Peel the Onion | Squid Game Netflix Review: Predatory Capitalism Laid Bare (Part I)
Giant Squid from the Deep
[This article contains major plot spoilers]
If anything encapsulates the theorem of pop culture as shoo-in for modern political discourse, Squid Game is it. That it happens to be the most-watched Netflix series ever solidifies its status as cultural phenomena nonpareil. 2.1 billion hours of the show have been viewed since its September release. That's roughly 239,700 years of continuous streaming.
It's not often you get to engage in conversations with people about a true pop culture zeitgeist. Rarer still is the likelihood of it being a non-English speaking TV show. So what is Squid Game? Over-hyped sci-fi? Anti-capitalist fable? Scathing critique of late-stage capitalism?
Here's our review and why we think it's a bona fide global sensation.
But first, let us digress.
To better understand the origins of Squid Game and its core sentiments, we need to understand its framing vis-à-vis South Korea's economic and social developments since 1948. Perhaps many non-Koreans aren't particularly aware of the Korean peninsula's unique past as a Japanese colony. As one of the last places in the world to be colonized, Korean society experienced an immense amount of change over the 100 years before its modernization after brutal Japanese control.
When WW2 ended, the peninsula was split in half. Up to that point, Koreans in Korea had lived together harmoniously. Then American imperialism decided it could fight an ideology it knew nothing about, waging war on a people they couldn't care less for through the lens of a chauvinistic "containment policy." The ensuing Korean War between 1950-1953 pitted the locals against each other, completely devastating the country and economy.
But then, from 1963-1980, South Korea experienced tremendous economic growth, known as The Miracle on the Han River. As things improved, South Korea began to be seen as one of the better-developed countries in Asia — seemingly because of the US's neo-imperial policies to reconstruct it as a vassal or "junior ally," much like they did with Germany and Japan.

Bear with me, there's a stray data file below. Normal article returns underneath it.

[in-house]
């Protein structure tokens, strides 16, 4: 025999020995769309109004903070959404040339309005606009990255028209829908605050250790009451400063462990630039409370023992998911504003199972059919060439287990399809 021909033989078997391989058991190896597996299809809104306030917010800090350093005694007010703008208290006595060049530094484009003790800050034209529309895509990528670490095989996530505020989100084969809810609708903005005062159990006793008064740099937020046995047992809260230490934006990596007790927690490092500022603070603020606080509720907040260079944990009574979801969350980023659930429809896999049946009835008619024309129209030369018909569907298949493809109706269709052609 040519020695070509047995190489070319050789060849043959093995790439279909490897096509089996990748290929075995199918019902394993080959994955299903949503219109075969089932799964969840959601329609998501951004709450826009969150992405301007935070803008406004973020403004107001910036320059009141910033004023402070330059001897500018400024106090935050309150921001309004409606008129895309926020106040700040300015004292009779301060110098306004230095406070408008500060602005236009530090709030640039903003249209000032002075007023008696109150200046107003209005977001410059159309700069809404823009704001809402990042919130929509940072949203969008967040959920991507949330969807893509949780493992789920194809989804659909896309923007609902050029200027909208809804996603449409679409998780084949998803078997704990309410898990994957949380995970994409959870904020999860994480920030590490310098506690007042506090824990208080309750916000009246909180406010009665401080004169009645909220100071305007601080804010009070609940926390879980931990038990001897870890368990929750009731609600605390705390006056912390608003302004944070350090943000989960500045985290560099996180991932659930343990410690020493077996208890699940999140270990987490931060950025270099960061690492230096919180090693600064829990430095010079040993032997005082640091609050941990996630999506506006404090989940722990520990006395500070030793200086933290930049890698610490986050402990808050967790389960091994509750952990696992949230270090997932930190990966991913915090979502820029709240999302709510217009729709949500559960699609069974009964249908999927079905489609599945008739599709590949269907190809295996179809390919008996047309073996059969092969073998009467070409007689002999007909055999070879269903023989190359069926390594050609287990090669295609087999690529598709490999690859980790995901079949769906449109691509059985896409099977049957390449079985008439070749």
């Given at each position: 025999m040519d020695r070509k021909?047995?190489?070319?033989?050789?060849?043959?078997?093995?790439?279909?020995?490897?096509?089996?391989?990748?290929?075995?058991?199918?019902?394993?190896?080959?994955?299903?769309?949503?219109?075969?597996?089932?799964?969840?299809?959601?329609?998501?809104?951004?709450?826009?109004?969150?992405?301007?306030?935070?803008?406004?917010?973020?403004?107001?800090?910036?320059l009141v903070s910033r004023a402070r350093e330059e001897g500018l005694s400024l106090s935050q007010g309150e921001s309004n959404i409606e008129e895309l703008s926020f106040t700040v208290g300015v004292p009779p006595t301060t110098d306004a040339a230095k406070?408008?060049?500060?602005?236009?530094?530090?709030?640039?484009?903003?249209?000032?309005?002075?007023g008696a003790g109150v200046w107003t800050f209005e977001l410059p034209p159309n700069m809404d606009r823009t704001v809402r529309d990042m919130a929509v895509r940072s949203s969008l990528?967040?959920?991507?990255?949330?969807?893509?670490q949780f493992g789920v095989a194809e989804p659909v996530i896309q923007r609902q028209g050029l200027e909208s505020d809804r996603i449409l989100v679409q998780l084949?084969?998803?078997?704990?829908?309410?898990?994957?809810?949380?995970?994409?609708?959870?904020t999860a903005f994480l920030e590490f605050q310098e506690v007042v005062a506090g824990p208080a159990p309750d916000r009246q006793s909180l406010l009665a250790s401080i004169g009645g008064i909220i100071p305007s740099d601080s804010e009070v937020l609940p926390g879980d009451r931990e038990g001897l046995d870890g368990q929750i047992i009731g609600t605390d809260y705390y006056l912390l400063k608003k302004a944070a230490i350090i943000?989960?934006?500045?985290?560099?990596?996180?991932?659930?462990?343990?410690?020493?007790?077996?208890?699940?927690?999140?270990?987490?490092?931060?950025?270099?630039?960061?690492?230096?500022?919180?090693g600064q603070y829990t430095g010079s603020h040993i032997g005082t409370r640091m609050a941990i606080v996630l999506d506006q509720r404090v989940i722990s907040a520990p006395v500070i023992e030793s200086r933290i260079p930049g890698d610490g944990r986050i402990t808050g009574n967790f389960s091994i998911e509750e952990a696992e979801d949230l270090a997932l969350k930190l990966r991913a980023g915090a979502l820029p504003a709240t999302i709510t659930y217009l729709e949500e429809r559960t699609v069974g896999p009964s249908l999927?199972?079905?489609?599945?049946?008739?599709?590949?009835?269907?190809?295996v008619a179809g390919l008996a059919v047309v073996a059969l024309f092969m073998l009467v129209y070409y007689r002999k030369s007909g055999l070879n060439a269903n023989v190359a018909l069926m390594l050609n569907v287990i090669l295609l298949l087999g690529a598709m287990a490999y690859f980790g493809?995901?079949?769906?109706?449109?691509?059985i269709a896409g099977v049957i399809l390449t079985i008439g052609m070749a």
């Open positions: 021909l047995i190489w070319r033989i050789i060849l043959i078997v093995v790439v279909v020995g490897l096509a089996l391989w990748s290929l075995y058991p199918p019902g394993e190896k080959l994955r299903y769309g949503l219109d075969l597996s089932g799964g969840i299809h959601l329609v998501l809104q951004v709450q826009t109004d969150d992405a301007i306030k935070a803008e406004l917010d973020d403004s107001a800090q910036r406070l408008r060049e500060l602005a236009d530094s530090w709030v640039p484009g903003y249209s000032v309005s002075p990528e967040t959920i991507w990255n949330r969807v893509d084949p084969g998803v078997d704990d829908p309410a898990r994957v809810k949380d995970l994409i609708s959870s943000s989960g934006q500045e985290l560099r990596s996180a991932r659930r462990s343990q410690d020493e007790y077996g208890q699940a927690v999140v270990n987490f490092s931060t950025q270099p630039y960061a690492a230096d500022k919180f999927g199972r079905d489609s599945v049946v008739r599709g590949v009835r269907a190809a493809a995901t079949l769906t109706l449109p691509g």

But this oasis of hope and prosperity wasn't to last. After the 1997 Asian financial crisis, South Korea abandoned state capitalism for Milton Friedman's free-market capitalism model, which plunged Korean society into an economic abyss in the early 2000s. When the Korean currency lost its value, and foreign exchange dropped considerably, the government had no choice but to request emergency funds from the IMF (30 billion USD).
Those in society who could take the downturn and recover quickly rose high above the counterweight of those who could not and did not; they simply fell even further behind in society. Korean society had nowhere else to go; unemployment skyrocketed, and some ended up on the streets. The rich continued to prosper, and the poor continued to suffer.
People became desperate; families were torn apart.
In such a system where the "strong" prey on the weak to maximize personal gain (Predatory Capitalism), this sense of deprivation soon turned into personal alienation — the feeling that somehow something was wrong with you, the individual. Deprived of the chance to participate as a member of society, this, in turn, leads to guiltlessness, and people become unable to feel any guilt when they attack others out of the growing frustration that they feel themselves. Personal gain is the only thing they see.
As he would refer himself, J.B. Browne is a half "foreign devil" living with anxiety relieved by purchase. HK-born Writer/Musician/Tinkerer.
The views do not necessarily reflect those of DotDotNews.
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